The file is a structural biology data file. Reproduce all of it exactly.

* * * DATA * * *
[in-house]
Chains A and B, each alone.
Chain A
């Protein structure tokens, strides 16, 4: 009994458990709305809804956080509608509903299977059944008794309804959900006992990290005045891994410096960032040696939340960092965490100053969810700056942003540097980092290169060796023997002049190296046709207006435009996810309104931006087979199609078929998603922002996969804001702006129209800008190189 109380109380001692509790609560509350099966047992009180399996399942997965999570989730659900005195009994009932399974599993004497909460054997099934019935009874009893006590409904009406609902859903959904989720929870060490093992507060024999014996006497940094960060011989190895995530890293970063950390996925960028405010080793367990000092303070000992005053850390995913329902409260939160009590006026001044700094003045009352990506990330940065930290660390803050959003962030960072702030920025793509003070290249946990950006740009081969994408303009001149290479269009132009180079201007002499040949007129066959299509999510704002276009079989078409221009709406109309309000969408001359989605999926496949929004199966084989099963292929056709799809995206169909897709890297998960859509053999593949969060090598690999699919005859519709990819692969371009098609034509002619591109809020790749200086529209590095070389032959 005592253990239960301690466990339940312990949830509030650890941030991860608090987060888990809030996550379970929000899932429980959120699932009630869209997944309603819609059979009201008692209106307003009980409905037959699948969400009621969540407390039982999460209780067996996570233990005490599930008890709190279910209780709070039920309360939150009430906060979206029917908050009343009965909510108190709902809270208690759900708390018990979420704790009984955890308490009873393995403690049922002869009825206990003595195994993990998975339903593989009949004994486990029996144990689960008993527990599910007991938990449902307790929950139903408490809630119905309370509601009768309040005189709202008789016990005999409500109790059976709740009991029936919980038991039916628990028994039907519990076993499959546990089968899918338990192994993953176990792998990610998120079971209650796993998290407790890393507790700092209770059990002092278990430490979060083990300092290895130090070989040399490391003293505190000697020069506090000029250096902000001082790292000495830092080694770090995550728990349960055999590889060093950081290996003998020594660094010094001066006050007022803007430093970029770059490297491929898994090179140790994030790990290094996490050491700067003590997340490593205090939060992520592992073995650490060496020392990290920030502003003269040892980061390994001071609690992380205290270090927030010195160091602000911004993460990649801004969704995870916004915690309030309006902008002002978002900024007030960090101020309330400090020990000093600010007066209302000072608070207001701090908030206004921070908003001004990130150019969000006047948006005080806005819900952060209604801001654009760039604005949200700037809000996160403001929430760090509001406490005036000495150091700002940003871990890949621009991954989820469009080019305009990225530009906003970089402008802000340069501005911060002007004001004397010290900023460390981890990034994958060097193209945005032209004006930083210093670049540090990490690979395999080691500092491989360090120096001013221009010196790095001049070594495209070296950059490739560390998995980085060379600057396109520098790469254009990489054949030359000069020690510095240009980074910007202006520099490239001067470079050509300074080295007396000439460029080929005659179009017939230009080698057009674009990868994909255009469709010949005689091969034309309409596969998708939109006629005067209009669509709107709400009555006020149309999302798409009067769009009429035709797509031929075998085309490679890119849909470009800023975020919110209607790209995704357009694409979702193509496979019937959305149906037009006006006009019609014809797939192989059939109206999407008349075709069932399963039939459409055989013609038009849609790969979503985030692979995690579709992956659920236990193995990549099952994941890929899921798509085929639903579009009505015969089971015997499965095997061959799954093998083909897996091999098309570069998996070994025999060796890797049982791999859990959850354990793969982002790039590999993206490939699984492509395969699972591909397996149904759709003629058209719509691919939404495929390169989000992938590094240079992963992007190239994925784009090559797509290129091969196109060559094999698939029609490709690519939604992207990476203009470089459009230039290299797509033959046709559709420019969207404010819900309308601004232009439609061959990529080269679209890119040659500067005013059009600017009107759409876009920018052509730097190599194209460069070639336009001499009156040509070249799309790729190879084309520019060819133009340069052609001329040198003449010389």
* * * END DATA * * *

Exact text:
[in-house]
Chains A and B, each alone.
Chain A
């Protein structure tokens, strides 16, 4: 009994458990709305809804956080509608509903299977059944008794309804959900006992990290005045891994410096960032040696939340960092965490100053969810700056942003540097980092290169060796023997002049190296046709207006435009996810309104931006087979199609078929998603922002996969804001702006129209800008190189 109380109380001692509790609560509350099966047992009180399996399942997965999570989730659900005195009994009932399974599993004497909460054997099934019935009874009893006590409904009406609902859903959904989720929870060490093992507060024999014996006497940094960060011989190895995530890293970063950390996925960028405010080793367990000092303070000992005053850390995913329902409260939160009590006026001044700094003045009352990506990330940065930290660390803050959003962030960072702030920025793509003070290249946990950006740009081969994408303009001149290479269009132009180079201007002499040949007129066959299509999510704002276009079989078409221009709406109309309000969408001359989605999926496949929004199966084989099963292929056709799809995206169909897709890297998960859509053999593949969060090598690999699919005859519709990819692969371009098609034509002619591109809020790749200086529209590095070389032959 005592253990239960301690466990339940312990949830509030650890941030991860608090987060888990809030996550379970929000899932429980959120699932009630869209997944309603819609059979009201008692209106307003009980409905037959699948969400009621969540407390039982999460209780067996996570233990005490599930008890709190279910209780709070039920309360939150009430906060979206029917908050009343009965909510108190709902809270208690759900708390018990979420704790009984955890308490009873393995403690049922002869009825206990003595195994993990998975339903593989009949004994486990029996144990689960008993527990599910007991938990449902307790929950139903408490809630119905309370509601009768309040005189709202008789016990005999409500109790059976709740009991029936919980038991039916628990028994039907519990076993499959546990089968899918338990192994993953176990792998990610998120079971209650796993998290407790890393507790700092209770059990002092278990430490979060083990300092290895130090070989040399490391003293505190000697020069506090000029250096902000001082790292000495830092080694770090995550728990349960055999590889060093950081290996003998020594660094010094001066006050007022803007430093970029770059490297491929898994090179140790994030790990290094996490050491700067003590997340490593205090939060992520592992073995650490060496020392990290920030502003003269040892980061390994001071609690992380205290270090927030010195160091602000911004993460990649801004969704995870916004915690309030309006902008002002978002900024007030960090101020309330400090020990000093600010007066209302000072608070207001701090908030206004921070908003001004990130150019969000006047948006005080806005819900952060209604801001654009760039604005949200700037809000996160403001929430760090509001406490005036000495150091700002940003871990890949621009991954989820469009080019305009990225530009906003970089402008802000340069501005911060002007004001004397010290900023460390981890990034994958060097193209945005032209004006930083210093670049540090990490690979395999080691500092491989360090120096001013221009010196790095001049070594495209070296950059490739560390998995980085060379600057396109520098790469254009990489054949030359000069020690510095240009980074910007202006520099490239001067470079050509300074080295007396000439460029080929005659179009017939230009080698057009674009990868994909255009469709010949005689091969034309309409596969998708939109006629005067209009669509709107709400009555006020149309999302798409009067769009009429035709797509031929075998085309490679890119849909470009800023975020919110209607790209995704357009694409979702193509496979019937959305149906037009006006006009019609014809797939192989059939109206999407008349075709069932399963039939459409055989013609038009849609790969979503985030692979995690579709992956659920236990193995990549099952994941890929899921798509085929639903579009009505015969089971015997499965095997061959799954093998083909897996091999098309570069998996070994025999060796890797049982791999859990959850354990793969982002790039590999993206490939699984492509395969699972591909397996149904759709003629058209719509691919939404495929390169989000992938590094240079992963992007190239994925784009090559797509290129091969196109060559094999698939029609490709690519939604992207990476203009470089459009230039290299797509033959046709559709420019969207404010819900309308601004232009439609061959990529080269679209890119040659500067005013059009600017009107759409876009920018052509730097190599194209460069070639336009001499009156040509070249799309790729190879084309520019060819133009340069052609001329040198003449010389």